Oronike Odeleye moved to Atlanta along with her household on the age of three and — as she recollects — virtually grew up with the Nationwide Black Arts Competition. At first, her mother and father attended, and later, she eagerly did as effectively. Little did she understand on the time she would finally develop as much as be the group’s new creative chief.
Odeleye, who beforehand served because the competition director for the city progressive ONE Musicfest, started half time in June after which full time November 1. She replaces Tiffany Latrice Williams, who left the group to develop into advertising and marketing director for Seattle’s Northwest African American Museum.
When she was approached by a competition board member concerning the place, Odeleye was initially hesitant. “I beloved my place at ONE Musicfest,” she says. “That position over the previous 10 years has been superb. I wasn’t searching for a change, however the extra I talked with them — the chief director (Stephanie Owens) and the board — I noticed they’re in an area the place they’re enthusiastic about progress and about constructing one thing. They swayed me with their imaginative and prescient.”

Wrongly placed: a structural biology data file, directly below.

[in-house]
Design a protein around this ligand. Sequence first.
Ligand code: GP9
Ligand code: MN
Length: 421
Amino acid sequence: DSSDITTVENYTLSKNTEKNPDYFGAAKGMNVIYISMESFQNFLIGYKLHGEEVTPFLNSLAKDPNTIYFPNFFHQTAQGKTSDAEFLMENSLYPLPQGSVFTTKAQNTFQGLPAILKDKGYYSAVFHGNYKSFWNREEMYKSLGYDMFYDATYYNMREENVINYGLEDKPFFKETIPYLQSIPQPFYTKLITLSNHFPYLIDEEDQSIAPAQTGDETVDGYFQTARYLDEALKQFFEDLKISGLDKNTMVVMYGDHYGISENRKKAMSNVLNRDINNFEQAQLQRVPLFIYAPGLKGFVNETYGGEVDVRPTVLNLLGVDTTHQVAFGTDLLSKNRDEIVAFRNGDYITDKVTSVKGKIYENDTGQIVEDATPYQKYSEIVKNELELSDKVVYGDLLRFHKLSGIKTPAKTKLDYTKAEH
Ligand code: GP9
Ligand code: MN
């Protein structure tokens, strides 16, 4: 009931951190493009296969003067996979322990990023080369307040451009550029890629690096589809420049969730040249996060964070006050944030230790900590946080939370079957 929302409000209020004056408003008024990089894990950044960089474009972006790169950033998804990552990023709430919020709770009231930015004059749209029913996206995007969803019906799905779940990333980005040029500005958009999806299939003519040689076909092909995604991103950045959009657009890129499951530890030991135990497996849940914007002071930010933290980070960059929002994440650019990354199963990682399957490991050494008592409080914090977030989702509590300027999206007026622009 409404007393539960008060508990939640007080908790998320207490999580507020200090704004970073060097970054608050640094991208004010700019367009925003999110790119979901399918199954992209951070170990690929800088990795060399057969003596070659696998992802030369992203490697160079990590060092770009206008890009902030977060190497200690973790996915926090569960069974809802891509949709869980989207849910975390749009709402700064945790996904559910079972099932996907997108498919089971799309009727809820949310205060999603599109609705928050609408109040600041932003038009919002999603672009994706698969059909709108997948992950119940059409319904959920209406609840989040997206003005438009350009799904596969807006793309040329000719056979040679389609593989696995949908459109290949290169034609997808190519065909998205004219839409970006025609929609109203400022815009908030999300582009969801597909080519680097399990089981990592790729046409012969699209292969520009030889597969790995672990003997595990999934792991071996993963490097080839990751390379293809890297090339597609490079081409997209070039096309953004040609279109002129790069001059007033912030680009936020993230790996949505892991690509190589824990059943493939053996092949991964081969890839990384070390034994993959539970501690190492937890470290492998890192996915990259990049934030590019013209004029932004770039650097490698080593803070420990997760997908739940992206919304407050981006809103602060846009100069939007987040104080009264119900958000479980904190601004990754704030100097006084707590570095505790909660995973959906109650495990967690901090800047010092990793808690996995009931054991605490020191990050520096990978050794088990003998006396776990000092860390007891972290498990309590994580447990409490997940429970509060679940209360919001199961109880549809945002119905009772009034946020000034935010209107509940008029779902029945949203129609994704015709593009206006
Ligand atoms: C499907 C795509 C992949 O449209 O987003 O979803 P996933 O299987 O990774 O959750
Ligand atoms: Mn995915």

After a examine commissioned in 1986 by Michael Lomax, the chairman of the Fulton County Board of Commissioners, the Nationwide Black Arts Competition was based and held its first occasion in 1988. It turned one of many metropolis’s premier arts occasions, a showcase for the artwork and tradition of the African diaspora, combining all types of disciplines and frequent visitor artists. It’s now acknowledged because the oldest multidisciplinary arts group in the US targeted completely on the humanities of African descent. A number of the artists who’ve been concerned over time embody Maya Angelou, Gladys Knight, Spike Lee, Maurice Hines, Harry Belafonte, Cicely Tyson and Alfre Woodard.
But, it’s been some time because the competition was at full capability by way of its programming and employees. Odeleye has been impressed nonetheless with how the group has been in a position to maintain the competition alive all these years by way of all of the ups and downs of funding and different points.